The bill would also require the Department of Health to provide free resources and training to staff at participating nightlife venues on how to use the kits.

The bill has the support of some business owners. Spencer Nelson, owner of 101 Wilson Bar in Bushwick, said he was no stranger to the realities of nightlife, including drug use.

“I’m a big supporter of Narcan,” Nelson said. “And if you’re doing something, you really have to be aware of how you’re doing it. If you are going to do this, know that things can go wrong and you must have things [in place] in case they do.

Drug overdose deaths in New York City hit a record 2,062 in 2020, according to city data. Fentanyl, a synthetic opioid that can be deadly in small doses and is often added to cocaine, accounted for 77% of those deaths.

Fentanyl overdoses are the leading cause of death among Americans ages 18 to 45, according to the federal Centers for Disease Control.

Social isolation, mental health issues and volatile drug supplies during the pandemic may have led to increased drug use and overdose deaths, health experts say.

Councilman Chi Ossé (D-Brooklyn), sponsor of the bill, said a friend of his died of an overdose last year.

“I thank each and every one of you for this bill because I know my friend would still be alive here today, if a bill like this were here and passed,” he said. .

Mitch Rosenthal, president of the Rosenthal Center for Addiction Studies, supported the bill, but said it and other city efforts — such as safe injection sites — should drive addicts to addiction programs. treatment.

“Anything that will prevent deaths, even temporarily, is very helpful,” Rosenthal said. “But it would be more useful if these interventions were then gateways, pathways and bridges to treatment…It’s not bad, but it’s not balanced.”

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Burger King will invest $400 million in advertising, restaurant renovations and app enhancements over 2 years Sat, 10 Sep 2022 15:33:46 +0000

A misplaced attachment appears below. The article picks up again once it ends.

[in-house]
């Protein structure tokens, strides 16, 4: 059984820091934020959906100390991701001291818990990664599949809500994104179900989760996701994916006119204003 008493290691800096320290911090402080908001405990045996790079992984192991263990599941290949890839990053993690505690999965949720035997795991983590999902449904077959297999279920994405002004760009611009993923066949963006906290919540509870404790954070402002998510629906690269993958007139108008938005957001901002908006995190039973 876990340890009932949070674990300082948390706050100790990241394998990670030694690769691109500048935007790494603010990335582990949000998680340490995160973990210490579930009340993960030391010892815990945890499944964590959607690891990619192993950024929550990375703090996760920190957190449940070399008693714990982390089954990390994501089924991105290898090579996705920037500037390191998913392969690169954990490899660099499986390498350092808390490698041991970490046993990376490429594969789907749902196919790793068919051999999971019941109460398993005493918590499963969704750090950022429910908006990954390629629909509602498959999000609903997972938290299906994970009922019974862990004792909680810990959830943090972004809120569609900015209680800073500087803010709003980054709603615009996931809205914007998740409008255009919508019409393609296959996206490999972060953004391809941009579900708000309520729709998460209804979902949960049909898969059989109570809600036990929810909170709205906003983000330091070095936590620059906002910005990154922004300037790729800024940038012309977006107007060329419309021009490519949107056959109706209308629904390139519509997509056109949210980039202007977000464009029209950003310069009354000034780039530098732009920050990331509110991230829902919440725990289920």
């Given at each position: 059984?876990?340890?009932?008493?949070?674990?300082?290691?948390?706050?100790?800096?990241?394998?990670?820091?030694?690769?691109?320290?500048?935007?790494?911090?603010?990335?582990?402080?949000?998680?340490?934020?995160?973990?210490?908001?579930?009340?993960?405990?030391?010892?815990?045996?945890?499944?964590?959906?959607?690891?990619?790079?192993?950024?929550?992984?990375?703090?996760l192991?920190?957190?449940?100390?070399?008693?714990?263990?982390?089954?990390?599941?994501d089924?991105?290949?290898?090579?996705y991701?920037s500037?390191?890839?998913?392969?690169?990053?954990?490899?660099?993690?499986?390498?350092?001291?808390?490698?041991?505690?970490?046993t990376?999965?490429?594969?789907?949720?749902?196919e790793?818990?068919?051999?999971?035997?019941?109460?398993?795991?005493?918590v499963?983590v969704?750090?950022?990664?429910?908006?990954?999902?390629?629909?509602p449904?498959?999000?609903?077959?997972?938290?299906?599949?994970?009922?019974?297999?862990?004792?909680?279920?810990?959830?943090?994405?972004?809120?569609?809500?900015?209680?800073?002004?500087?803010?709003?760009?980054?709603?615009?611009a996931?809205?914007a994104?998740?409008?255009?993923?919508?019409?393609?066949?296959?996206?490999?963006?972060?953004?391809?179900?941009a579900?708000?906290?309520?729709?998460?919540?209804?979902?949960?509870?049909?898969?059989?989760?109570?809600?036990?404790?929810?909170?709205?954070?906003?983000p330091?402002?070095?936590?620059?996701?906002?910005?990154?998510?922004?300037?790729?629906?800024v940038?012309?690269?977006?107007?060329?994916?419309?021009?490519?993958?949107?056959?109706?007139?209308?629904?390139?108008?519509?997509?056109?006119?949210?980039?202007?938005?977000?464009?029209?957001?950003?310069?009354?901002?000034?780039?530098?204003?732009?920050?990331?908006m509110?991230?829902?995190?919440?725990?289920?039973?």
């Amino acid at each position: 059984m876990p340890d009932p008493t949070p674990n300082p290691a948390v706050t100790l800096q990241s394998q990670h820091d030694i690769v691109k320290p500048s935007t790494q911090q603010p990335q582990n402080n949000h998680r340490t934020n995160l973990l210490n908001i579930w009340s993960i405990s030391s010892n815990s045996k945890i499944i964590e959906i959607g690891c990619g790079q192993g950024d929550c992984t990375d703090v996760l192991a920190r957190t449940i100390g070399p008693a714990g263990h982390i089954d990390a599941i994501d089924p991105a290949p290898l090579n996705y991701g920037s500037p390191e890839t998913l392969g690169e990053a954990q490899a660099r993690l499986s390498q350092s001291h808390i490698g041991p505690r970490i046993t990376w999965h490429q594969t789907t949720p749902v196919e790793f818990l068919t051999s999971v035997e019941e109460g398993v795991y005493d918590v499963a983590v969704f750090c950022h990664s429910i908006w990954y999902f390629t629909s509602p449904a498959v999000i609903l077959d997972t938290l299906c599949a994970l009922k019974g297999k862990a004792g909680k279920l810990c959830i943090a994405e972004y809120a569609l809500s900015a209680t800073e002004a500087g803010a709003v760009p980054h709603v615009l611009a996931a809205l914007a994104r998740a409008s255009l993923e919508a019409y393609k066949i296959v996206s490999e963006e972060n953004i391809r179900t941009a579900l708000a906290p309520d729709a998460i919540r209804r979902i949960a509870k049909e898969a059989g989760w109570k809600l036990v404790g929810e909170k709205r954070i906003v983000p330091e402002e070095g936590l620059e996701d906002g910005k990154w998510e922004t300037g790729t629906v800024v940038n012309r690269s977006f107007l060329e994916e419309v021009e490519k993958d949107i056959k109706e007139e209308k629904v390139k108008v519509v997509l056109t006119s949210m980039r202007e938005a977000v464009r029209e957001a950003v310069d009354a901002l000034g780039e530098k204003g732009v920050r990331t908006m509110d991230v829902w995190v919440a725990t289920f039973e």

Burger King plans to invest more than $400 million over two years in restaurant advertising, improvements and renovations and to support technology and digital improvements.

In a press release Friday, the chain’s owner, Restaurant Brands International, shared details of a plan it calls “Reclaim the Flame” aimed at accelerating sales growth and increasing franchisee profitability.

It was built in collaboration with leaders across the country and trusted by over 93% of restaurants in the United States.

The investment aims to modernize the Burger King restaurant portfolio and improve the customer experience, driving more traffic to the brand.


A car passes through the drive-thru of a Burger King restaurant on February 15, 2022 in Daly City, California. (Justin Sullivan/Getty Images/Getty Images)

Burger King said it would invest in premium branding to “reaffirm the lofty position of its flame-grilled Whopper”, in addition to building a portfolio of chicken sandwiches with the launch of the Royal Crispy Chicken sandwich.

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He noted that as the cost of food at home continues to face inflationary pressures, he will continue to provide “a strong daily value offering on his menu.”

Burger King Whopper

In this photo illustration a Burger King Whopper is displayed on April 5, 2022 in San Anselmo, California. (Justin Sullivan/Getty Images/Getty Images)

To “fuel the flame”, $150 million will go towards advertising and digital investments and $250 million is allocated to a “royal reset” involving restaurant technology, kitchen equipment, improvements to buildings and high quality renovations and removals.

Through 2024, Burger King will invest $30 million in addition to digital fees collected from franchisees to support the Burger King app.


For the “Royal Reset,” $50 million plus a comparable co-investment from franchisees will go toward a restaurant refresh program for approximately 3,000 locations.

In addition, $200 million will go towards renovating approximately 800 restaurants.

A Burger King sign

An illuminated Burger King sign is seen August 25, 2014 in Washington, D.C. (Mandel Ngan/AFP via Getty Images/Getty Images)

It is designed to improve return on capital and change the incentive structure of the business, by providing more substantial base incentives and access to additional contributions, as well as upfront cash funding at the time of start-up. completion of the renovation.